This is the first in a series of posts that document many of the assets currently in the ITD’s hands. The generosity of donors over the last year has been almost breathtaking. It does create the need to decide which the ITD should retain to support our programs and which might be surplus to those needs and might better be disposed of to benefit the division’s finances , where possible. Some of these items would make good donations to other NMRA groups. We need to organize a committee to make some determination of what we plan to do in order gain the maximum benefit to our efforts to promote the hobby. This and future posts are intended to give members access to info on these assets to aid in decision making about them as we move forward with a process we need to devise to get us through these virus-stricken times.
In general, we should plan to prioritize retention of those assets with direct application in support of the division’s efforts to promote the NMRA and the hobby. If there is property in excess of those needs, it could be sold to members with an interest in it. Finally, assets can be disposed of to the general public if it it doesn’t qualify for either of the first options, with any revenue from these sales going to support the ITD’s general fund.
The first group of assets will be the many modules the estate of Bob Miller brought to us. I’ll list them and comment on each as much as possible.
This is the most scenic of all Bob’s modules. Track and wiring is complete, with a few attached structures. With a bridge adapter, it connects with a new HOn3 4×8 I built that together can serve to display the many unique structures built by Bob that we received, as well as a way to display projects by other members from time to time. The switch machines are all remote-operated snappers with switch stands to display position. I added the shelf underneath to help keep things organized and hold power supplies, etc.
Module’s #2 to #8
Modules #2 through #8 are the rest of a larger layout Bob apparently planned to build that would’ve been an “O”-shaped one about 10′ square. There are 3 more straight sections and 4 corner sections, plus legs and hardware. Module #1 above was the only section Bob brought to the substantially complete state seen above. Since I am currently the only narrowgauger in the division, it doesn’t make much sense to pursue this as an HOn3 project. Instead, it would make a good layout for shows that would be within our organizational capacity to build and operate in HO standard gaige or N scale.On the other hand, it might be something another division or NMRA project could use. The missing 4th section that is our Module #1 would be easy to duplicate to complate it as a roundy round or it could be adapted to be a Free-mo or other module set.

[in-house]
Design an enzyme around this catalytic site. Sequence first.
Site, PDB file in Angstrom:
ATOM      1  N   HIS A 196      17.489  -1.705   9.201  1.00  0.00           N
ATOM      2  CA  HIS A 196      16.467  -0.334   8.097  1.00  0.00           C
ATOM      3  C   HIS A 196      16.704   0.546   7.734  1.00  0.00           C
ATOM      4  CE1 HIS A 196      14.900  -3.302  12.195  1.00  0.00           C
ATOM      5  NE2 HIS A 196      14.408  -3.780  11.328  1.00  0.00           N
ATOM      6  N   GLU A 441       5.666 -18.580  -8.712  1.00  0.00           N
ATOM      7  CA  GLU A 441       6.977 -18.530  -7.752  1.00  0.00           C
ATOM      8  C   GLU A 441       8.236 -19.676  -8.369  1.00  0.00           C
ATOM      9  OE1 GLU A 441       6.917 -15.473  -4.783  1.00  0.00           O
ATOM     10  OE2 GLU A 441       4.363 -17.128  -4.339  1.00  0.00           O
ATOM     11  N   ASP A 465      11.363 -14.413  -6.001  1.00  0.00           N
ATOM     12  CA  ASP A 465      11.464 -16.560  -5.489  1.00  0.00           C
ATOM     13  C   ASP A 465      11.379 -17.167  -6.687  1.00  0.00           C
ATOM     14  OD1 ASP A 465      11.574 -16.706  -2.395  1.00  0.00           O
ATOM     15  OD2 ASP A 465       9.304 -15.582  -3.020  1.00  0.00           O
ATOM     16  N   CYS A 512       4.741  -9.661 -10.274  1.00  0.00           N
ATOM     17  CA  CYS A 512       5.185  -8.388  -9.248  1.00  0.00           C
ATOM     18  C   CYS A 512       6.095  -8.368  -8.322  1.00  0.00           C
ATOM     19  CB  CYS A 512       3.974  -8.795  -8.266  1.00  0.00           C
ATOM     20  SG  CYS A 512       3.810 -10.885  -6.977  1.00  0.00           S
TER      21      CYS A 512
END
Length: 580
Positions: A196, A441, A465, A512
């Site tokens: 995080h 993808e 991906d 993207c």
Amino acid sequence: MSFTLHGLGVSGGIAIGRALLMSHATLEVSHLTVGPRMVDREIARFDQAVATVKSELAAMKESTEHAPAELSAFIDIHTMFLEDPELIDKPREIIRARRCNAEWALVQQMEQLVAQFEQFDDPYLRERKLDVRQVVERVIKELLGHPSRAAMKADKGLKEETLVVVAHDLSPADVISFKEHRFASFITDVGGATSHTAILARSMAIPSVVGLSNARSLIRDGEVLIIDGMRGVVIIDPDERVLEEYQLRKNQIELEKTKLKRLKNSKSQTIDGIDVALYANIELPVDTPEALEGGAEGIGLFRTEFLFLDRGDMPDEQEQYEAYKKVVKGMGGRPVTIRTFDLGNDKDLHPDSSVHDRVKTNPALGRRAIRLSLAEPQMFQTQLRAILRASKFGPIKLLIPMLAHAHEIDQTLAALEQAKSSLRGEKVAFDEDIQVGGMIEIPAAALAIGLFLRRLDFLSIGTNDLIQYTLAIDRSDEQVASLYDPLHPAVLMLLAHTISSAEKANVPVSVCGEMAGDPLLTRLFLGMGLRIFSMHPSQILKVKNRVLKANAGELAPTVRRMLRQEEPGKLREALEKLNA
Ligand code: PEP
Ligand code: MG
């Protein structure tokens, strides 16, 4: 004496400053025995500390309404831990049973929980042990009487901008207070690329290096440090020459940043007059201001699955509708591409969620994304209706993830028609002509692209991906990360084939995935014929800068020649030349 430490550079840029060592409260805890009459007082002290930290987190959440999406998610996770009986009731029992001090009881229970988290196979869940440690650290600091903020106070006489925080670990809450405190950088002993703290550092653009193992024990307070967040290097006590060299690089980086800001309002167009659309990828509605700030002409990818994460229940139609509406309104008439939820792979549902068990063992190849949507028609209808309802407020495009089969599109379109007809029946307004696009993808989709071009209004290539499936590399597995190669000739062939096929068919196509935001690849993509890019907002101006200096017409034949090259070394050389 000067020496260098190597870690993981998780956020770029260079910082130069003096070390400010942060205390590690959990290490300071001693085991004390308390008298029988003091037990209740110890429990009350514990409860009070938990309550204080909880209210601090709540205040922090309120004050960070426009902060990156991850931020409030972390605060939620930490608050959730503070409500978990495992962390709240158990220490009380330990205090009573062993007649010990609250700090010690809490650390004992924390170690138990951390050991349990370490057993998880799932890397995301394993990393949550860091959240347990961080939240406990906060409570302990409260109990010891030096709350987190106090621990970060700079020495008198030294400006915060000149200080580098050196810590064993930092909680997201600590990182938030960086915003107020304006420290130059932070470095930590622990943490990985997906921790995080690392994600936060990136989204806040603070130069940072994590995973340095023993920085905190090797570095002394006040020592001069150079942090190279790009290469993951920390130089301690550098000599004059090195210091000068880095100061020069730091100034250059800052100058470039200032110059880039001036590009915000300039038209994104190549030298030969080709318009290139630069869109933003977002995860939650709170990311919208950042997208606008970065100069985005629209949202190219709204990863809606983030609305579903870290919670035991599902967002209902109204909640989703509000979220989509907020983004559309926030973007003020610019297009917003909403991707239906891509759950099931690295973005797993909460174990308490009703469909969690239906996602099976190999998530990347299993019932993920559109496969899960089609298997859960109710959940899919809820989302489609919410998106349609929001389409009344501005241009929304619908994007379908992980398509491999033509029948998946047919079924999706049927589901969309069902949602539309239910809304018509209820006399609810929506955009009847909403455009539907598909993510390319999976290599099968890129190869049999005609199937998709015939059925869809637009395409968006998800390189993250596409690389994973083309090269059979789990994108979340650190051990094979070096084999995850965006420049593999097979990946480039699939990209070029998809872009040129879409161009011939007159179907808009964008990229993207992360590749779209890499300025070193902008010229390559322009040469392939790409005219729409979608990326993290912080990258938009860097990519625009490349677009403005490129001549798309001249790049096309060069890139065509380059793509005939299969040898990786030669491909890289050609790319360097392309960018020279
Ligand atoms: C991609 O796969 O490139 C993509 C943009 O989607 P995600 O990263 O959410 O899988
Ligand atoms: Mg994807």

This module is HO gauge, but the tie spacing, etc all scream On30. It seems complete, but I haven’t hooked up the electricity yet. Turnout controls on this one are manual. This would be a good one for kids to test the cars they might build in the make -n-take.
This module is HOn3 and is complete, with hand throws on the turnouts. An excellent example of Bob’s handiwork with track, code 55 in this case. The question with this and the next one is does the ITD need more than one HOn3 module besides Module #1?
This HOn3 module is quite similar in appearance and construction to Module #10, but has a portion of the track yet to be completed on the right side in the pic above. There is more than enough rail available to complete it in our stock, so would make a good project to demonstrate hand-laying track for one of our future shows..
Module #12, #13, & #14
These three modules are similar in construction to #10 and #11 from what I remember when we put them up there carefully, but I couldn’t get them down without help to see what’s there. Will advise when I get help to check them out and take pics.
This module is blank, but similar to others in this series in basically being a hollow door that is 80″ long and 16″ or less in width.
Another blank without any track.
This one has some commercial N gauge track present, plus a lot of additional rubbery roadbed. We have a bunch of N gauge turnouts and some sectional track in our stock.
Similar to a Timesaver, but different, this module is laid out in the rubbery roadbed material on a shorter piece of extruded foam, about 4′ to 5′ long. No track is present, but we have some. This one is the most portable of all those we have available.
While not part of the many modules sections themselves, we received a number of brackets that can be used to hang the various modules on the wall.